My cup is empty, she wailed. All around the table, other children were asking for more, but for this one, an empty cup gave permission to feel the weight of years of empty cups and plates and arms. A lifetime of empty had formed a habit in my little girl – one that said empty is who you are. No one will ever come for you. When you hit empty, give up.
She believed it and I, unknowingly, fueled her fear. I kept that cup filled night and day. When it reached the half-way point to empty, I filled it again and again, desperate to help her avoid that feeling of empty. But as time passed and her cup remained full, her heart just found other places to dwell on emptiness. My child had become defined by her years of lack. When we’ve allowed something to define who we are, it skews our perspective and soon everything seems to corroborate that definition. To her, empty was everywhere.
And suddenly it dawned on me: she didn’t know what mama’s were supposed to do. She didn’t know that it was my job to fill her cup when it was empty.I could tell her so over and over, but until felt it, the truth did her no good. She needed to feel empty and watch me fill and provide over and over again until the habit of fear was replaced with a habit of trust.
So I let her cup run empty. In fact, from then on I only filled it enough for her to take a few sips before being faced with the dilemma of an empty cup. And as she took that last sip, I’d slip my hand in hers and coach, You have a mama now, remember? When you have a mama, you just ask me for what you need. Say “mama, I need some more water.”
Over and over, the cup was drained and as her heart drifted towards fear, my words pulled her back to truth. Now you have a mama and this is what mamas do.
I’ve had my own dose of empty over the years. Nothing like starvation or abuse, but more like an empty cup. Usually it’s safety that feels most elusive. I try to hedge myself in with savings and “a plan” and a well-adjusted schedule, but even my best efforts at control have failed miserably.
Some things have been absent for a season – home, security, family…and yes, in one unique season I did experience even the lack of food. Often I have found myself asking the same questions again and again: Why are You doing this to me? Why are You failing to provide the things you know I need? Why are You letting me experience this emptiness? Aren’t You supposed to be good?
And as my little daughter sat in front of me agonizing over an empty cup when her mama was right there, ready to fill it, I realized something – she doesn’t know that this is my job. She’s holding all of this need herself. Is this what I’m doing with God? Do I complain and agonize over the things that seem to be urgent needs when really that’s my Father’s job? Is He whispering (and waiting for me to hear) that I have a Daddy now, remember?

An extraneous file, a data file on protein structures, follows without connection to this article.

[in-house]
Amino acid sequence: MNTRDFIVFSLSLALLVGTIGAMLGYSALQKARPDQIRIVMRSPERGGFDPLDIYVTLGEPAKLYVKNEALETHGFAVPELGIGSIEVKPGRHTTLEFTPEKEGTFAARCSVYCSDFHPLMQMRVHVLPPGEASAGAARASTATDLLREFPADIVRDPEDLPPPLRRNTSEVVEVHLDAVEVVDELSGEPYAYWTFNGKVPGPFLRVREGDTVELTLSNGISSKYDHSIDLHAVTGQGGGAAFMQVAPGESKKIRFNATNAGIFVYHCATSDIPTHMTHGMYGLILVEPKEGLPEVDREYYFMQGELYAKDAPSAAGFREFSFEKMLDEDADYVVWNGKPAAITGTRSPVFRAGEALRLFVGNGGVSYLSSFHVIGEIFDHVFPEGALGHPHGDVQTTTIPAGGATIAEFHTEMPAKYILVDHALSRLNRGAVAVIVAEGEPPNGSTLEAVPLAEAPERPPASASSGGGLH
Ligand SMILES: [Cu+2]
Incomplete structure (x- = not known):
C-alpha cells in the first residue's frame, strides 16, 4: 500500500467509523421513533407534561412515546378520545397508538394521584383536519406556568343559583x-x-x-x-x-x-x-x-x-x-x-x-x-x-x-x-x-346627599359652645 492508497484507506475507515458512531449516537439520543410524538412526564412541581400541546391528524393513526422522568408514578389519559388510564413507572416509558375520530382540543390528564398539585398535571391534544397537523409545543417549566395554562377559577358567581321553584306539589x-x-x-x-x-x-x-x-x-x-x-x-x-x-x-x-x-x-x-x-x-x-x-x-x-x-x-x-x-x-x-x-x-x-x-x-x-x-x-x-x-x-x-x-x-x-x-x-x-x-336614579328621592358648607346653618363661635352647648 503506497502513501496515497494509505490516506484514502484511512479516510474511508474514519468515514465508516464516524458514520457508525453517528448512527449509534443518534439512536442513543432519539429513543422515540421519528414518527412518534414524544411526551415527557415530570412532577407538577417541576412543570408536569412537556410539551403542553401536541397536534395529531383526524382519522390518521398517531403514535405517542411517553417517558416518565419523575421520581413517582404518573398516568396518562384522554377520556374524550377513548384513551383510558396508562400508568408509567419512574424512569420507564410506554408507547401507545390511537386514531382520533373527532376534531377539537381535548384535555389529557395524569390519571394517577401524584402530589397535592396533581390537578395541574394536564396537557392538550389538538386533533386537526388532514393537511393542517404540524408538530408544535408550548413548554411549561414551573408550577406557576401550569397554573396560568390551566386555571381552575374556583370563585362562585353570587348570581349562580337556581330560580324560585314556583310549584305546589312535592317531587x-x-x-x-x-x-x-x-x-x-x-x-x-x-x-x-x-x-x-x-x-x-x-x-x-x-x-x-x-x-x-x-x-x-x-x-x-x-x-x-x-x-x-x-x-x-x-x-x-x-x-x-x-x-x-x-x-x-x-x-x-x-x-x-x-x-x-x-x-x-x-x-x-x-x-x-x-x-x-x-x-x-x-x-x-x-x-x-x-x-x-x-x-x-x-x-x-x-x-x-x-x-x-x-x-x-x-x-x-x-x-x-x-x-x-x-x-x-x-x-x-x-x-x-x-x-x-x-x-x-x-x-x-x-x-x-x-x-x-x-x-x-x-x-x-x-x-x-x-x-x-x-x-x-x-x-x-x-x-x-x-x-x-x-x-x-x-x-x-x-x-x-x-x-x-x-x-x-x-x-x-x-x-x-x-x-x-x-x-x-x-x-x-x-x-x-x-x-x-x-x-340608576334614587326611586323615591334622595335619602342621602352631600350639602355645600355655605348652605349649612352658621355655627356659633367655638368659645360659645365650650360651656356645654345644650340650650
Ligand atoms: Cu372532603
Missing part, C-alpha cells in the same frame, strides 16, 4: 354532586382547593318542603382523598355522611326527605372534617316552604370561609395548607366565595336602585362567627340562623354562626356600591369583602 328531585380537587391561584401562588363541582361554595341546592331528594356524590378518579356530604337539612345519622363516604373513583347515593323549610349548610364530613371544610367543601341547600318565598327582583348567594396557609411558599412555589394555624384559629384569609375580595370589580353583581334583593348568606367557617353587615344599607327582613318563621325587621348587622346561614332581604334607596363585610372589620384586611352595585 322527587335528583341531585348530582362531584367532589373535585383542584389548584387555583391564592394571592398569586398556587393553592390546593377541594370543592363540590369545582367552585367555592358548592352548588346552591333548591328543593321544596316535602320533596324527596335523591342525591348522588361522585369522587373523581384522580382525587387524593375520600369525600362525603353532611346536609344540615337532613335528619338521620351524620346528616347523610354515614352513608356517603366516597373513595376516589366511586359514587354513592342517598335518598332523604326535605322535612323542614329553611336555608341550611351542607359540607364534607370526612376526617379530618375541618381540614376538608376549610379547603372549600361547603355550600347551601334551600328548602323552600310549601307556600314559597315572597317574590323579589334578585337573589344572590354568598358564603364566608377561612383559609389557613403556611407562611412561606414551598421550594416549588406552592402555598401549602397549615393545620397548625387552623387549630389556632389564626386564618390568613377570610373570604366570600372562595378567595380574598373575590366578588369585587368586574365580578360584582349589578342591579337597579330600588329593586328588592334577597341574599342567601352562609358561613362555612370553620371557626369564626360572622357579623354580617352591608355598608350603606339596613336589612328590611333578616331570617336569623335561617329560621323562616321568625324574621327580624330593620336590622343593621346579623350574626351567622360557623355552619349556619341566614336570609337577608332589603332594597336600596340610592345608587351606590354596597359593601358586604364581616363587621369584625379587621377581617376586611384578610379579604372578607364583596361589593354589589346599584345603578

I’m the God who hears you (1 John 5:14). I’m the God who holds you (Psalm 73:23). I’m the God who is ready to meet every one of your needs (Philippians 4:19). I’m the one who makes it rain (Job 5:10).
Was my sense of insecurity – of emptiness – merely a symptom of a little girl who had not yet learned what her Father was willing to do?
And, furthermore, was He purposing my lack to invite me into asking? Could the very worst of my experiences be exactly what I needed to find out who He wanted to be for me, both in my emptiness AND in His provision? Because how would I ever know His supply without first knowing empty? Because when your Daddy is the One who makes it rain, it’s hard to feel anxious over an empty cup.
It only took a few days for this little one to find a rhythm of asking and safety in expecting.
All I wanted was for her to become comfortable experiencing need and trusting me to meet it. Within a few days, the almost-empty cup had done the trick and we went back to normal. Empty was starting to become less about fear and more about getting to watch Mommy fill that cup again…and again. It translated over into other fears, too. She had discovered that mamas love to help their children and asking has now become second nature. Even when my answer is “not right now”, she has discovered that my love stretches over momentary lack and reaches all the way into forever – and so need not be questioned whenever there is lack.
If there’s an area of your life that feels empty today, two little phrases can make all the difference:
God, how do You see this area of my life?
Who are You for me here?
The answer may not be immediate, but it will come. His greatest goal for us is to know true and lasting security as sons and daughters.